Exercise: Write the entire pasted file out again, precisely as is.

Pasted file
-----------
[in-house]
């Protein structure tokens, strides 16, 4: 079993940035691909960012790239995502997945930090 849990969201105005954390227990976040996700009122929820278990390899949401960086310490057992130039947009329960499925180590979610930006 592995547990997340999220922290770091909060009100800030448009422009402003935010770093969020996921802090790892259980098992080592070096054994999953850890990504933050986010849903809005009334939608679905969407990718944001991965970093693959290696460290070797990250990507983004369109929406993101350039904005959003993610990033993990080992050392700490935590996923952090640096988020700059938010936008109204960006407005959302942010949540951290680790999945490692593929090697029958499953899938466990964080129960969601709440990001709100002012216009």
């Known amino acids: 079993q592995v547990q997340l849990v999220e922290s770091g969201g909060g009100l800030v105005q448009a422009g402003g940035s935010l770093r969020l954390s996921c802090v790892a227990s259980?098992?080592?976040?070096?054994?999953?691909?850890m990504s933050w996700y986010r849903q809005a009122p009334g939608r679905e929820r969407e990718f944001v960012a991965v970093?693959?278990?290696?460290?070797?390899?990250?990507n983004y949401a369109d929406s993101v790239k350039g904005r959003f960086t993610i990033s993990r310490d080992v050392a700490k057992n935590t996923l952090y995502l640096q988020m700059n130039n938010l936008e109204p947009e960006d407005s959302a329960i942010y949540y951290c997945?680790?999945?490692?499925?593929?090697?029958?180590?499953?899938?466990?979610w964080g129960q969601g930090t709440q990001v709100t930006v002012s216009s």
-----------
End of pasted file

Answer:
[in-house]
């Protein structure tokens, strides 16, 4: 079993940035691909960012790239995502997945930090 849990969201105005954390227990976040996700009122929820278990390899949401960086310490057992130039947009329960499925180590979610930006 592995547990997340999220922290770091909060009100800030448009422009402003935010770093969020996921802090790892259980098992080592070096054994999953850890990504933050986010849903809005009334939608679905969407990718944001991965970093693959290696460290070797990250990507983004369109929406993101350039904005959003993610990033993990080992050392700490935590996923952090640096988020700059938010936008109204960006407005959302942010949540951290680790999945490692593929090697029958499953899938466990964080129960969601709440990001709100002012216009």
């Known amino acids: 079993q592995v547990q997340l849990v999220e922290s770091g969201g909060g009100l800030v105005q448009a422009g402003g940035s935010l770093r969020l954390s996921c802090v790892a227990s259980?098992?080592?976040?070096?054994?999953?691909?850890m990504s933050w996700y986010r849903q809005a009122p009334g939608r679905e929820r969407e990718f944001v960012a991965v970093?693959?278990?290696?460290?070797?390899?990250?990507n983004y949401a369109d929406s993101v790239k350039g904005r959003f960086t993610i990033s993990r310490d080992v050392a700490k057992n935590t996923l952090y995502l640096q988020m700059n130039n938010l936008e109204p947009e960006d407005s959302a329960i942010y949540y951290c997945?680790?999945?490692?499925?593929?090697?029958?180590?499953?899938?466990?979610w964080g129960q969601g930090t709440q990001v709100t930006v002012s216009s």